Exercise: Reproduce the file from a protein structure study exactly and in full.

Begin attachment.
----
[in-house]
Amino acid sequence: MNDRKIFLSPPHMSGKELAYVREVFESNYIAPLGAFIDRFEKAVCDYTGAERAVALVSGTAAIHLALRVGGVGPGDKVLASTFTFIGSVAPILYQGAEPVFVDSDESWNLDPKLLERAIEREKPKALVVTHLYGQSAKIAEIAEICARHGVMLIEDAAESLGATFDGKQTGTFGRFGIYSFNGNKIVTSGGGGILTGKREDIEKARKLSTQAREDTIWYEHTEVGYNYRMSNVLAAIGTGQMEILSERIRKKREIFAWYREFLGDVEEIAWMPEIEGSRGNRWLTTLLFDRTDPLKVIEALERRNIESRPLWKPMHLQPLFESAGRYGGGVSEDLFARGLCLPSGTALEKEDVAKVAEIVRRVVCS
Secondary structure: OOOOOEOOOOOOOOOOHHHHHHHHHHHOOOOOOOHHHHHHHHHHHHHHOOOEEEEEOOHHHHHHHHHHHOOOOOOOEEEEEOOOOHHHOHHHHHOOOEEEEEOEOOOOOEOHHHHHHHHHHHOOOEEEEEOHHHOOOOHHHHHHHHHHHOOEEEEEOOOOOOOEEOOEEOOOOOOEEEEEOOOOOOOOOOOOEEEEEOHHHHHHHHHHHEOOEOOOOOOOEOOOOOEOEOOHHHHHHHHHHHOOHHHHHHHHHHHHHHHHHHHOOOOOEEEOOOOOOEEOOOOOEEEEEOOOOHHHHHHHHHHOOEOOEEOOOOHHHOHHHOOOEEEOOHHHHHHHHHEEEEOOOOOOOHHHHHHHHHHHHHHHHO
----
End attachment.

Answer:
[in-house]
Amino acid sequence: MNDRKIFLSPPHMSGKELAYVREVFESNYIAPLGAFIDRFEKAVCDYTGAERAVALVSGTAAIHLALRVGGVGPGDKVLASTFTFIGSVAPILYQGAEPVFVDSDESWNLDPKLLERAIEREKPKALVVTHLYGQSAKIAEIAEICARHGVMLIEDAAESLGATFDGKQTGTFGRFGIYSFNGNKIVTSGGGGILTGKREDIEKARKLSTQAREDTIWYEHTEVGYNYRMSNVLAAIGTGQMEILSERIRKKREIFAWYREFLGDVEEIAWMPEIEGSRGNRWLTTLLFDRTDPLKVIEALERRNIESRPLWKPMHLQPLFESAGRYGGGVSEDLFARGLCLPSGTALEKEDVAKVAEIVRRVVCS
Secondary structure: OOOOOEOOOOOOOOOOHHHHHHHHHHHOOOOOOOHHHHHHHHHHHHHHOOOEEEEEOOHHHHHHHHHHHOOOOOOOEEEEEOOOOHHHOHHHHHOOOEEEEEOEOOOOOEOHHHHHHHHHHHOOOEEEEEOHHHOOOOHHHHHHHHHHHOOEEEEEOOOOOOOEEOOEEOOOOOOEEEEEOOOOOOOOOOOOEEEEEOHHHHHHHHHHHEOOEOOOOOOOEOOOOOEOEOOHHHHHHHHHHHOOHHHHHHHHHHHHHHHHHHHOOOOOEEEOOOOOOEEOOOOOEEEEEOOOOHHHHHHHHHHOOEOOEEOOOOHHHOHHHOOOEEEOOHHHHHHHHHEEEEOOOOOOOHHHHHHHHHHHHHHHHO